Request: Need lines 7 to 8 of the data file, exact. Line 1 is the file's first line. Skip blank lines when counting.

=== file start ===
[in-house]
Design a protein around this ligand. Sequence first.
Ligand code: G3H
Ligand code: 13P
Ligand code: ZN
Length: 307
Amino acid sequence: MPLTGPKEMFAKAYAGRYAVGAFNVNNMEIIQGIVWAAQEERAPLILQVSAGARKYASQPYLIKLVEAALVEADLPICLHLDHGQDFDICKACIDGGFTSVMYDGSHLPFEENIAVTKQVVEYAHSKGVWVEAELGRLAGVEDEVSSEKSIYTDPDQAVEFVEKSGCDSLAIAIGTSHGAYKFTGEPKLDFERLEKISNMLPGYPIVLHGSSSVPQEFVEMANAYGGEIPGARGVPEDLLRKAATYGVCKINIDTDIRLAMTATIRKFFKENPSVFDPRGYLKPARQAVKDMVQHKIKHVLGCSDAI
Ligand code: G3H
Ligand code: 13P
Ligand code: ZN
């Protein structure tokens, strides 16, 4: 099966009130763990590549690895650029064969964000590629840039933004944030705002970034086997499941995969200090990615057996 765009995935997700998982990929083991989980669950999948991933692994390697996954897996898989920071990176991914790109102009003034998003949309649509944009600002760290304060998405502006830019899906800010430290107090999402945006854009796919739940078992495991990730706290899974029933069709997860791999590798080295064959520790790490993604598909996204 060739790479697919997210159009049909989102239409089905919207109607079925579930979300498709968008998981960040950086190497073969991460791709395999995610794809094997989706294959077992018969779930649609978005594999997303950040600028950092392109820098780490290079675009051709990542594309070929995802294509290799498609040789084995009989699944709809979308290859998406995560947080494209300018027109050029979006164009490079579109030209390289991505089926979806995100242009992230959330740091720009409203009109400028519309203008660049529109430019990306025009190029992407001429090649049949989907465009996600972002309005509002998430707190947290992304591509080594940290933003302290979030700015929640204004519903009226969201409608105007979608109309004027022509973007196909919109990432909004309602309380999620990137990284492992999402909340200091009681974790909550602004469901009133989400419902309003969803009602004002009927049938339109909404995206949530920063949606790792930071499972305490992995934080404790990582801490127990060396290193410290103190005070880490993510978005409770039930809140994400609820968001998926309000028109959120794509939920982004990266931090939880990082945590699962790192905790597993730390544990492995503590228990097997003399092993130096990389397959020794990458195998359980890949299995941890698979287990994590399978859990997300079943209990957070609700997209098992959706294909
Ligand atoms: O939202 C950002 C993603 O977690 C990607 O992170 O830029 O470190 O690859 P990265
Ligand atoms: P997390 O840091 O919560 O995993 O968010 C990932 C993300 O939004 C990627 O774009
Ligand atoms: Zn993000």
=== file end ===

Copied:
Amino acid sequence: MPLTGPKEMFAKAYAGRYAVGAFNVNNMEIIQGIVWAAQEERAPLILQVSAGARKYASQPYLIKLVEAALVEADLPICLHLDHGQDFDICKACIDGGFTSVMYDGSHLPFEENIAVTKQVVEYAHSKGVWVEAELGRLAGVEDEVSSEKSIYTDPDQAVEFVEKSGCDSLAIAIGTSHGAYKFTGEPKLDFERLEKISNMLPGYPIVLHGSSSVPQEFVEMANAYGGEIPGARGVPEDLLRKAATYGVCKINIDTDIRLAMTATIRKFFKENPSVFDPRGYLKPARQAVKDMVQHKIKHVLGCSDAI
Ligand code: G3H